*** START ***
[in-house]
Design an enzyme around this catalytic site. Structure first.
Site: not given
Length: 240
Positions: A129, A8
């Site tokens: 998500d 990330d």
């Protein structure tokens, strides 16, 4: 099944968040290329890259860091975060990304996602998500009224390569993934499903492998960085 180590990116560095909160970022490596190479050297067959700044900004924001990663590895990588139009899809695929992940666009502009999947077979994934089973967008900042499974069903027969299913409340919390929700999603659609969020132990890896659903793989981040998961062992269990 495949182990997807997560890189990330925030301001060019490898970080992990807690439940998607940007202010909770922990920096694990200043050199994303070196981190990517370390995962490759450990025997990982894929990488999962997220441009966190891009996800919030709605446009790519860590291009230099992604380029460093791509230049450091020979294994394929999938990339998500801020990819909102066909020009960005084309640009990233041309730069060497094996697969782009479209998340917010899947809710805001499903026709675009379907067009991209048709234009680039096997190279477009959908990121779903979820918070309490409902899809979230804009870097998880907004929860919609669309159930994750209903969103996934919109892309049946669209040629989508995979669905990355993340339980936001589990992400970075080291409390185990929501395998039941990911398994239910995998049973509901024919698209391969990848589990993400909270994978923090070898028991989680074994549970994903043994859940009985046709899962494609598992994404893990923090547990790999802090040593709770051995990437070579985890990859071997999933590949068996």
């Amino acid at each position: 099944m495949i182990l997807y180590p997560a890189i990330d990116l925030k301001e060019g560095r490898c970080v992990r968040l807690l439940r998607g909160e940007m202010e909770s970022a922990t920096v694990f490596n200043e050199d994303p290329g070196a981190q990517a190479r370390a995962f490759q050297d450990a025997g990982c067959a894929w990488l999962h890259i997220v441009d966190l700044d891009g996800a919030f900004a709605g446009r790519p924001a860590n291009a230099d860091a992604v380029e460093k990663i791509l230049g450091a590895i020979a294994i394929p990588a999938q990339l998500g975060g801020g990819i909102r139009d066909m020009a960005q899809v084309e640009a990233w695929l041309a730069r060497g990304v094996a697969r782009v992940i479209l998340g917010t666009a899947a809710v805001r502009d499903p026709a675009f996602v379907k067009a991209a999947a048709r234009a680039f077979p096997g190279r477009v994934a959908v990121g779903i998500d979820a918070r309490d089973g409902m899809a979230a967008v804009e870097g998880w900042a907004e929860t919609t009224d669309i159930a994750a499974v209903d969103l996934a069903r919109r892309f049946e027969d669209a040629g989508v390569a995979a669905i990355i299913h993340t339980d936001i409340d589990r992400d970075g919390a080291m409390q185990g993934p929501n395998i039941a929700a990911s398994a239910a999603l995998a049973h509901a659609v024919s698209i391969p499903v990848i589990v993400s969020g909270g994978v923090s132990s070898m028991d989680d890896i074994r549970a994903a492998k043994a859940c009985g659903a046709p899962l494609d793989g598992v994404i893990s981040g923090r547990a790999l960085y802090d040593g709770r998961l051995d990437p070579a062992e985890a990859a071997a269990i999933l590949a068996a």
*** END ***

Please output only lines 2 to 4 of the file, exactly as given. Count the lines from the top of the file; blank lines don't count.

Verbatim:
Design an enzyme around this catalytic site. Structure first.
Site: not given
Length: 240